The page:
Investors looking for direction shouldn't expect to receive good news on the earnings front, S&P Investment Advisory Services Chairman Mike Thompson said Friday.
"It's hard for me to think about this earnings season being too spectacular," he told CNBC's "Squawk Box."
His firm is forecasting a 5.1 percent decline in third-quarter earnings. If that projection bears out, it would be the first quarter of an overall earnings decline since the third quarter of 2009.
The drag is coming primarily from the energy sector, which is set to see a 66 percent earnings decline, according to S&P. Drillers came under renewed pressure in August as oil prices neared a 6½-year low.
S&P sees aggregate revenue for the S&P 500 falling 1 percent, compared with the 10-year average growth of 6.5 percent. Total S&P 500 revenue sank 3.1 percent last quarter.
"The real question is how do you justify 16.5 times next year's multiple" with earnings and revenue both negative, he said.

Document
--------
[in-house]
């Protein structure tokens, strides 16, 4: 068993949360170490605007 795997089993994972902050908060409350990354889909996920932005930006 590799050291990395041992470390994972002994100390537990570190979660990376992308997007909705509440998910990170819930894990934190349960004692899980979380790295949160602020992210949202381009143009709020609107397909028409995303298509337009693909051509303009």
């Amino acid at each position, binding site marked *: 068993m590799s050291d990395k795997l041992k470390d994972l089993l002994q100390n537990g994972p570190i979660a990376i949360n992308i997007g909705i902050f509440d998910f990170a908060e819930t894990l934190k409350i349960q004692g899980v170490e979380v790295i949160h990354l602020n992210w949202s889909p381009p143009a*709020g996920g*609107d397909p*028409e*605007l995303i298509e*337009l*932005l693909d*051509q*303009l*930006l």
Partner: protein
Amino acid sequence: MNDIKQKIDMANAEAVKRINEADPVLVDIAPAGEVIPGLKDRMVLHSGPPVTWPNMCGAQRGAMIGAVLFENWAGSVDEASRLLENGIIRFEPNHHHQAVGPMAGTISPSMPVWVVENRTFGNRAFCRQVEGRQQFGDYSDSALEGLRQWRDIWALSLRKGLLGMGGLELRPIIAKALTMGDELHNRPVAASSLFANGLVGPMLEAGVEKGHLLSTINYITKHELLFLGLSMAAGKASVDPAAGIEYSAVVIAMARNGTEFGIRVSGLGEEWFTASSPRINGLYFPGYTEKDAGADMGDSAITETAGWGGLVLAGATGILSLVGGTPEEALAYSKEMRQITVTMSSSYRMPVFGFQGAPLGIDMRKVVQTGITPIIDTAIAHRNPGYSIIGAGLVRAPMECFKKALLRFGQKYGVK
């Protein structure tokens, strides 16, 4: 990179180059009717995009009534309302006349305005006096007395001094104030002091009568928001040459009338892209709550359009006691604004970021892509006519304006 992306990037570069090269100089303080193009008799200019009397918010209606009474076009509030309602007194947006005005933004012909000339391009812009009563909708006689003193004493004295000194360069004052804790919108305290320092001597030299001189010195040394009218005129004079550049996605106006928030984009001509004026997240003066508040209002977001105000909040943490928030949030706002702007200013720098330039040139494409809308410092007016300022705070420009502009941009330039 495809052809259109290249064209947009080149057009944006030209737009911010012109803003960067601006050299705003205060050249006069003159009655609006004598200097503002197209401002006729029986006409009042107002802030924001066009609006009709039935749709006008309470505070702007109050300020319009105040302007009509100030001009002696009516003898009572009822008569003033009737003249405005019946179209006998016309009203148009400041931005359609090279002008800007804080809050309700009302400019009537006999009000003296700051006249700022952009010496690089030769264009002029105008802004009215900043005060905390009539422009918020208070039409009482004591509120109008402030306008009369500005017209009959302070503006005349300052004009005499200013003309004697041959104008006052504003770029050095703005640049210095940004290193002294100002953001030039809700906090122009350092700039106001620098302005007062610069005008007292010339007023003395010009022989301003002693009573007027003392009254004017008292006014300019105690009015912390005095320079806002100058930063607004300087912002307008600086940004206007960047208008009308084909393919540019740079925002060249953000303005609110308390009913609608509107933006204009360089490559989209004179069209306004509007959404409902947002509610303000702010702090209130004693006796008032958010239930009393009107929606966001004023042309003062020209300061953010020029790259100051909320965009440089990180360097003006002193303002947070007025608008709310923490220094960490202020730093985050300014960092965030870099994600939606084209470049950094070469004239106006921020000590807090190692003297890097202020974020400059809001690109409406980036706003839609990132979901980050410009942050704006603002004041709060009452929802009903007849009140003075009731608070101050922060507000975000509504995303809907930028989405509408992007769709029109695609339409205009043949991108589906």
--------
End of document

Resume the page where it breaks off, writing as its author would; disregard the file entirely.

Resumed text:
The S&P 500 is trading at 16.5 times forward earnings, slightly above the 15-year average of 16 times, according to S&P Investment Advisory Services.
For that reason the current rebound in U.S. stocks looks like a "wall of worry" rally, Thompson said.
Also propping up stock prices is the search for yield as the Federal Reserve maintains its zero interest rate policy, he said. Meanwhile, the S&P 500 is yielding a 2.2 percent dividend.
"As long as it's still being one of best places to get income, and fixed income instruments aren't going to compete with it, I think these valuations hold despite the fact that you don't have this earnings growth catalyst driving valuations," Thompson said.
He added that baby boomers are "completely misallocated," but will remain invested in anything that gives them greater than a 2 percent yield. He noted that a survey by a "well-respected" asset manager showed some boomers 53 years and over have 100 percent of their portfolios allocated to equities.
"How absurd is that? You literally have trillions of dollars appropriated to equities that belong somewhere else," he said.
— CNBC's Maneet Ahuja contributed reporting to this story.